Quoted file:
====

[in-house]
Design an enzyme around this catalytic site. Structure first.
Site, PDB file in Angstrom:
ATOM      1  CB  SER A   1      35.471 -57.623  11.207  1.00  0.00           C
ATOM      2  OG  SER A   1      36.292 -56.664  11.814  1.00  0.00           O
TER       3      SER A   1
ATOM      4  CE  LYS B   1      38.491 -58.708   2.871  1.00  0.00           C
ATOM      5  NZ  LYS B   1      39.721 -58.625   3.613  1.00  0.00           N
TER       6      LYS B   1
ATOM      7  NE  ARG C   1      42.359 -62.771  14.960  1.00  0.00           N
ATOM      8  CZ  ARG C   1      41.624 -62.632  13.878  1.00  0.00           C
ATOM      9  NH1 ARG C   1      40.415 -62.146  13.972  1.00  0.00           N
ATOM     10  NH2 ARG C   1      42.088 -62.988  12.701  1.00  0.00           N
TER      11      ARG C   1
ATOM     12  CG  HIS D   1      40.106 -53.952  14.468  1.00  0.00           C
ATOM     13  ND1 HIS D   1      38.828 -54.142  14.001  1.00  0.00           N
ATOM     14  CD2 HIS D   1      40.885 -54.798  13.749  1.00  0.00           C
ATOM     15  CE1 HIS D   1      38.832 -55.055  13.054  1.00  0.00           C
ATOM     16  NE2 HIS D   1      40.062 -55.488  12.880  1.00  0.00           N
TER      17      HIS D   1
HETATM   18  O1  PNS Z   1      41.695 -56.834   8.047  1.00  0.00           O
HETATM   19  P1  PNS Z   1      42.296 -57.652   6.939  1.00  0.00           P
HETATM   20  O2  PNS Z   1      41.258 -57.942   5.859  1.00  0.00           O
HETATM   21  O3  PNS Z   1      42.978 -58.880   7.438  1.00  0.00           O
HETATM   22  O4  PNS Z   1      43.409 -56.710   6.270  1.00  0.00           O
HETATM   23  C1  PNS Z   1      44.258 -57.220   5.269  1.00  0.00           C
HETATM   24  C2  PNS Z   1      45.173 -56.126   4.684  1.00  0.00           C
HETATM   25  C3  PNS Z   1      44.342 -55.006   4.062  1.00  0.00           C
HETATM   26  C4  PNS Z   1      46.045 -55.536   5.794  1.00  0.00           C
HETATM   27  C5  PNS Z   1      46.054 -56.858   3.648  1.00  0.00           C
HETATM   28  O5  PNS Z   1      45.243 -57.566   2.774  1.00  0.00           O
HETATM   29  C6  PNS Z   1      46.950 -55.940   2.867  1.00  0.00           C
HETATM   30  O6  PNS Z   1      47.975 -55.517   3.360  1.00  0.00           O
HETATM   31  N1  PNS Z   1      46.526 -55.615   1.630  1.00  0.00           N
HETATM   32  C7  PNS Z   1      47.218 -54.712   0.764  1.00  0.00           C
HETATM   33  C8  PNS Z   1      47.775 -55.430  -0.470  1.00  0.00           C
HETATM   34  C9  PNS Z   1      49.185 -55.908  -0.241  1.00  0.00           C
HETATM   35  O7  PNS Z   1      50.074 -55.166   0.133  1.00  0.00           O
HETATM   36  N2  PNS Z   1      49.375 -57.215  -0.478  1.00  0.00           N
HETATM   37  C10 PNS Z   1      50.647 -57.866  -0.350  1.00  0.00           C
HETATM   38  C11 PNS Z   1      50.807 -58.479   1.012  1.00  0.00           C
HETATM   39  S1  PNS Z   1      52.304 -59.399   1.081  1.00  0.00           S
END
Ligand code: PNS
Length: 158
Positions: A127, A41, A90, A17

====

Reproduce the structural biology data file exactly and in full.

[in-house]
Design an enzyme around this catalytic site. Structure first.
Site, PDB file in Angstrom:
ATOM      1  CB  SER A   1      35.471 -57.623  11.207  1.00  0.00           C
ATOM      2  OG  SER A   1      36.292 -56.664  11.814  1.00  0.00           O
TER       3      SER A   1
ATOM      4  CE  LYS B   1      38.491 -58.708   2.871  1.00  0.00           C
ATOM      5  NZ  LYS B   1      39.721 -58.625   3.613  1.00  0.00           N
TER       6      LYS B   1
ATOM      7  NE  ARG C   1      42.359 -62.771  14.960  1.00  0.00           N
ATOM      8  CZ  ARG C   1      41.624 -62.632  13.878  1.00  0.00           C
ATOM      9  NH1 ARG C   1      40.415 -62.146  13.972  1.00  0.00           N
ATOM     10  NH2 ARG C   1      42.088 -62.988  12.701  1.00  0.00           N
TER      11      ARG C   1
ATOM     12  CG  HIS D   1      40.106 -53.952  14.468  1.00  0.00           C
ATOM     13  ND1 HIS D   1      38.828 -54.142  14.001  1.00  0.00           N
ATOM     14  CD2 HIS D   1      40.885 -54.798  13.749  1.00  0.00           C
ATOM     15  CE1 HIS D   1      38.832 -55.055  13.054  1.00  0.00           C
ATOM     16  NE2 HIS D   1      40.062 -55.488  12.880  1.00  0.00           N
TER      17      HIS D   1
HETATM   18  O1  PNS Z   1      41.695 -56.834   8.047  1.00  0.00           O
HETATM   19  P1  PNS Z   1      42.296 -57.652   6.939  1.00  0.00           P
HETATM   20  O2  PNS Z   1      41.258 -57.942   5.859  1.00  0.00           O
HETATM   21  O3  PNS Z   1      42.978 -58.880   7.438  1.00  0.00           O
HETATM   22  O4  PNS Z   1      43.409 -56.710   6.270  1.00  0.00           O
HETATM   23  C1  PNS Z   1      44.258 -57.220   5.269  1.00  0.00           C
HETATM   24  C2  PNS Z   1      45.173 -56.126   4.684  1.00  0.00           C
HETATM   25  C3  PNS Z   1      44.342 -55.006   4.062  1.00  0.00           C
HETATM   26  C4  PNS Z   1      46.045 -55.536   5.794  1.00  0.00           C
HETATM   27  C5  PNS Z   1      46.054 -56.858   3.648  1.00  0.00           C
HETATM   28  O5  PNS Z   1      45.243 -57.566   2.774  1.00  0.00           O
HETATM   29  C6  PNS Z   1      46.950 -55.940   2.867  1.00  0.00           C
HETATM   30  O6  PNS Z   1      47.975 -55.517   3.360  1.00  0.00           O
HETATM   31  N1  PNS Z   1      46.526 -55.615   1.630  1.00  0.00           N
HETATM   32  C7  PNS Z   1      47.218 -54.712   0.764  1.00  0.00           C
HETATM   33  C8  PNS Z   1      47.775 -55.430  -0.470  1.00  0.00           C
HETATM   34  C9  PNS Z   1      49.185 -55.908  -0.241  1.00  0.00           C
HETATM   35  O7  PNS Z   1      50.074 -55.166   0.133  1.00  0.00           O
HETATM   36  N2  PNS Z   1      49.375 -57.215  -0.478  1.00  0.00           N
HETATM   37  C10 PNS Z   1      50.647 -57.866  -0.350  1.00  0.00           C
HETATM   38  C11 PNS Z   1      50.807 -58.479   1.012  1.00  0.00           C
HETATM   39  S1  PNS Z   1      52.304 -59.399   1.081  1.00  0.00           S
END
Ligand code: PNS
Length: 158
Positions: A127, A41, A90, A17